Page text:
While we have been hearing a lot about comet NEOWISE as of late, we were not sure if it would become bright enough for those without at least binoculars to see but it has. This amazing comet is now visible. 

According to ABC 7 Chicago, this comet has brightened recently and is now visible one to two hours before dawn if you look to the northeast depending on where you are. For those who do not know this comet is a relatively new one as it was only discovered in late March. It is something that astronomers have been watching for a while now but as things grow brighter you too may be able to catch a glimpse if you look at the right time.

ABC 7 Chicago reported as follows on this:

Starting Sunday, stargazers will be able to see it in the evening. After sunset, look for the comet toward the northwest, just below the Big Dipper.

It will be closest to Earth on July 22 at a distance of about 64 million miles.

This comet is proving to be one of the brightest we’ve seen so far this decade and if you want to see it, now you can. If you’re in the northern hemisphere chances are you may have already spotted it whether you knew what it was or not. For the next week or so this in itself will be something we can spot in the predawn hours and well, it’s not hard to find. 

National Geographic wrote as follows on viewing this interesting comet:

For the next week or so, NEOWISE will be strictly a predawn target. To see it, head outside at least 45 minutes before sunrise and look just above the northeastern horizon. The bright star Capella can serve as a marker, as the comet lies just below it, while the brilliant planet Venus is visible to the east. In about a week’s time, the comet will transition to the evening sky, making it even easier to spot. Beginning around mid-July, the comet will be visible in the northwestern sky after sunset, arcing slowly upward beneath the stars of the Big Dipper.

To have the best chance of glimpsing the celestial transient, a little planning goes a long way. “It’s not like you’re just going to glance up and, Oh wow, there it is!” says Dave Schleicher, a senior astronomer at the Lowell Observatory in Flagstaff, Arizona. “You need to have a good idea of where to look—and binoculars will help.”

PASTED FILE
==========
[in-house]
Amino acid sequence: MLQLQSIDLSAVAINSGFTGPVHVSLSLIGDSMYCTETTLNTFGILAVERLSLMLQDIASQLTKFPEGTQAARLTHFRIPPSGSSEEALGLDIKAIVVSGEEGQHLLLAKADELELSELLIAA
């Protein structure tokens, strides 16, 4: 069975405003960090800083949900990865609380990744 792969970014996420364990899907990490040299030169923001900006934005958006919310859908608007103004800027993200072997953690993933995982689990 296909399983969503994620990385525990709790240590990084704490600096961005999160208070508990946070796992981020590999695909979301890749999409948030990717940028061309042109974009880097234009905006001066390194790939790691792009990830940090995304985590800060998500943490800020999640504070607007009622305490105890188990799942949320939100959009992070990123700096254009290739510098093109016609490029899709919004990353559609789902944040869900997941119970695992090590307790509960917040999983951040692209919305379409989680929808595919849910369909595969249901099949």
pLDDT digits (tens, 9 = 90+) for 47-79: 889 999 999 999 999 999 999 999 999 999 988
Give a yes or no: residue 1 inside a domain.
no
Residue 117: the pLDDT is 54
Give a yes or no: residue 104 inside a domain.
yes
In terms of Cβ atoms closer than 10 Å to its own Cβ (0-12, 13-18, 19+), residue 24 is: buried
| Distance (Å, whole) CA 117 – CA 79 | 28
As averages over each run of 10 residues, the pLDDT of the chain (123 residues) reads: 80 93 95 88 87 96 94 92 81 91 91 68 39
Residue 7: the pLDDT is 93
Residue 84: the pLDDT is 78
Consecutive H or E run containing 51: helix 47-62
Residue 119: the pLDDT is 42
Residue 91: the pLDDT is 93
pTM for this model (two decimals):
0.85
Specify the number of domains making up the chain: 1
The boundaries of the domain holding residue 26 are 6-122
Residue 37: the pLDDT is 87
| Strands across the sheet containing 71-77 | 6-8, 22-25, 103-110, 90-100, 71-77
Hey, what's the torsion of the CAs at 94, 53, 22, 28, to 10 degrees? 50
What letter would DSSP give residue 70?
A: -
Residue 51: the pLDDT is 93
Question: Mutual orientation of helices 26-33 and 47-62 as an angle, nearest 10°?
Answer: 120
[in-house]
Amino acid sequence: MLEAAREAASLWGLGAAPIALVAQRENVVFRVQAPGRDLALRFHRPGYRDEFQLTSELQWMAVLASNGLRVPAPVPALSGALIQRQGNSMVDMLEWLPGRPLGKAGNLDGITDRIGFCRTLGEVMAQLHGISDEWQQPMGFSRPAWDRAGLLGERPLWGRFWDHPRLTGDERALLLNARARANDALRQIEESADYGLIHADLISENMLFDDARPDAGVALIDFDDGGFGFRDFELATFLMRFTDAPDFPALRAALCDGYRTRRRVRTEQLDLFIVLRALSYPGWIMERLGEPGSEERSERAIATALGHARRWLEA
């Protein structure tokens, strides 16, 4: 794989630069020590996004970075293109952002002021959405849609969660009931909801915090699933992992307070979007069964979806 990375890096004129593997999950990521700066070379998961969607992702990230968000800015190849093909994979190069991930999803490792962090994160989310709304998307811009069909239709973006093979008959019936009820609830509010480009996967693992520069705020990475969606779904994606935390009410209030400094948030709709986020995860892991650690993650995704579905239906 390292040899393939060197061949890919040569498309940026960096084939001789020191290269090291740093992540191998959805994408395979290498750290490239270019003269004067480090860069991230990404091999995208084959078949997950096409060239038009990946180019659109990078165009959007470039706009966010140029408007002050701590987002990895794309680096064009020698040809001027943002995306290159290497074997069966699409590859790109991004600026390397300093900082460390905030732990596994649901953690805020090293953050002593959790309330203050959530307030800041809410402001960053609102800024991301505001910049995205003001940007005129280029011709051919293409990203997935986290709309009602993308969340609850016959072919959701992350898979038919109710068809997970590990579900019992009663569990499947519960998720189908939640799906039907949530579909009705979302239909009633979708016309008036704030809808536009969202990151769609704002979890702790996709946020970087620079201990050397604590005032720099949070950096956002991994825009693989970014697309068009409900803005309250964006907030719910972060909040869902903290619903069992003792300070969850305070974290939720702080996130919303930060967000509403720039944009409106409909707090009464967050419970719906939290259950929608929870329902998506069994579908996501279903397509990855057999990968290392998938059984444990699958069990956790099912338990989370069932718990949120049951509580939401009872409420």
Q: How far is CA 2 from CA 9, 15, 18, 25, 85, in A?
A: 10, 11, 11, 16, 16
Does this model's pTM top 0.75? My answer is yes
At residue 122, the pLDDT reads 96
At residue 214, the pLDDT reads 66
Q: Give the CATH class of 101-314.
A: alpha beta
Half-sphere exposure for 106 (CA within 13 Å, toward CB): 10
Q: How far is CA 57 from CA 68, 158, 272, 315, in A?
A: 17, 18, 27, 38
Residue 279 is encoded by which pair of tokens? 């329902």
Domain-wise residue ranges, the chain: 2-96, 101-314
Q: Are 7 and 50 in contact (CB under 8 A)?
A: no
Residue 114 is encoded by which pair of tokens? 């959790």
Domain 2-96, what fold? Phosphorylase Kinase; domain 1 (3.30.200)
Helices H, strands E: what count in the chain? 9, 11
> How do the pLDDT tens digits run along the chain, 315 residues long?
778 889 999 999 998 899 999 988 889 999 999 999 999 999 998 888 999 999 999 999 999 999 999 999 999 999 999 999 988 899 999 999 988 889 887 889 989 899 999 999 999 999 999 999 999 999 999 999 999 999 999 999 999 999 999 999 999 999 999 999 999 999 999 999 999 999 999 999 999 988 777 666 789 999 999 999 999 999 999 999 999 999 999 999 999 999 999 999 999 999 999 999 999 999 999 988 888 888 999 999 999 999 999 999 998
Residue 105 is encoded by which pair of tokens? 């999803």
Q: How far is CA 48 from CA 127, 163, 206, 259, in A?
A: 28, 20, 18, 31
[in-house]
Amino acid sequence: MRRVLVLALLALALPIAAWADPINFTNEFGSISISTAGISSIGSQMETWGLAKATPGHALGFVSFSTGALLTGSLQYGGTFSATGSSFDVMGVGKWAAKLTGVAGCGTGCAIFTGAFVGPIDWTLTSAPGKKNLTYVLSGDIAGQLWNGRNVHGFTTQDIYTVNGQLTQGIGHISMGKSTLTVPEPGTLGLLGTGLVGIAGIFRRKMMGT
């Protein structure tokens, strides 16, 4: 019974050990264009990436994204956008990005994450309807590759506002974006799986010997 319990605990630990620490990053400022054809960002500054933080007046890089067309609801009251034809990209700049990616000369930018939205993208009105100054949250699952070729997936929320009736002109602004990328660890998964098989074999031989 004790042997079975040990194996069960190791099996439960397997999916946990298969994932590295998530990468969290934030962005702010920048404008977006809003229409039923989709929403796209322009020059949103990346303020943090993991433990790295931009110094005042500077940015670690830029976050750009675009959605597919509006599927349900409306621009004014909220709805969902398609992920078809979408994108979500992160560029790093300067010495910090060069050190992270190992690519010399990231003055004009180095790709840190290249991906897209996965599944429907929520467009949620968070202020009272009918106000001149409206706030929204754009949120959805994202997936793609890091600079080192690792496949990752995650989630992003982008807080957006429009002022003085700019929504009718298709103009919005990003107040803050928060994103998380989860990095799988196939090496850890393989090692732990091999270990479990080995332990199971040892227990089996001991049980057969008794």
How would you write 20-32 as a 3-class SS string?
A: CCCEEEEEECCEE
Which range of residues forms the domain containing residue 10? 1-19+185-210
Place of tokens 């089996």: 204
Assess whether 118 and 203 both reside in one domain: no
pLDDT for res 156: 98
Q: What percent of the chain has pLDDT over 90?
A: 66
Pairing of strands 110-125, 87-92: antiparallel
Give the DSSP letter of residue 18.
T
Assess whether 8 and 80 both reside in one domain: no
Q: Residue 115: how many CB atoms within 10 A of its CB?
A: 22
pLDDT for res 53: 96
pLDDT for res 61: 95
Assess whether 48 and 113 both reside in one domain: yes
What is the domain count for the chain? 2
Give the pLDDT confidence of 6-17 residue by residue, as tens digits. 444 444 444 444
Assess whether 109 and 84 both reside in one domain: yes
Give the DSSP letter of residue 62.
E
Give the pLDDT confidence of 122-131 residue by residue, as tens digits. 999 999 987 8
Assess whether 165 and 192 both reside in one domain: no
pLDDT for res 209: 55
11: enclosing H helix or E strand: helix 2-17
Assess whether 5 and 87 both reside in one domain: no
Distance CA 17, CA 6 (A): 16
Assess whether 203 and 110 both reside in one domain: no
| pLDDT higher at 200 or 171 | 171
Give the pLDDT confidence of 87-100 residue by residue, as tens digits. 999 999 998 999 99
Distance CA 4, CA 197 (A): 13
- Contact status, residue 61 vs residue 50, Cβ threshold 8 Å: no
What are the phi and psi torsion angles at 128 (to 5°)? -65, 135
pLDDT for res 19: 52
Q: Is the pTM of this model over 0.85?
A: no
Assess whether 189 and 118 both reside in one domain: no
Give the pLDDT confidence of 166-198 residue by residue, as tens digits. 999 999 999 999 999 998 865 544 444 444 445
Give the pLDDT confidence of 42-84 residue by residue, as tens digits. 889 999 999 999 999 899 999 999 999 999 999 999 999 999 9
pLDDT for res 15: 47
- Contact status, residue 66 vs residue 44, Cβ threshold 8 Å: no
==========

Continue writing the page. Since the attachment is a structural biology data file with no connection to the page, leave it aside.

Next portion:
Still, judging by photos posted on social media over the past few days, the comet is putting on a quite a show—arguably the best since Comet Hale-Bopp, which lit up the night sky in 1997. Comet McNaught, which passed by Earth in 2007, was also brighter than NEOWISE is now, but it was primarily visible from the Southern Hemisphere.

“The buzz around this comet is justified,” says photographer Malcolm Park, who captured an image of NEOWISE and its tail from his home in eastern Ontario on the morning of July 5.

All of this having been said according to Scientific American as we move through this month the comet will become more and more visible unless it breaks apart. It should starting around July 12th ‘be visible in the evening as well.’ While comets like this one are very interesting and unique for those who study them, they can also be quite the sight to see for those who just love looking at the night sky. 

To learn more about this comet and its visibility take a look at the video below. I for one will be taking time out to view, will you? Things like this are truly spectacular.

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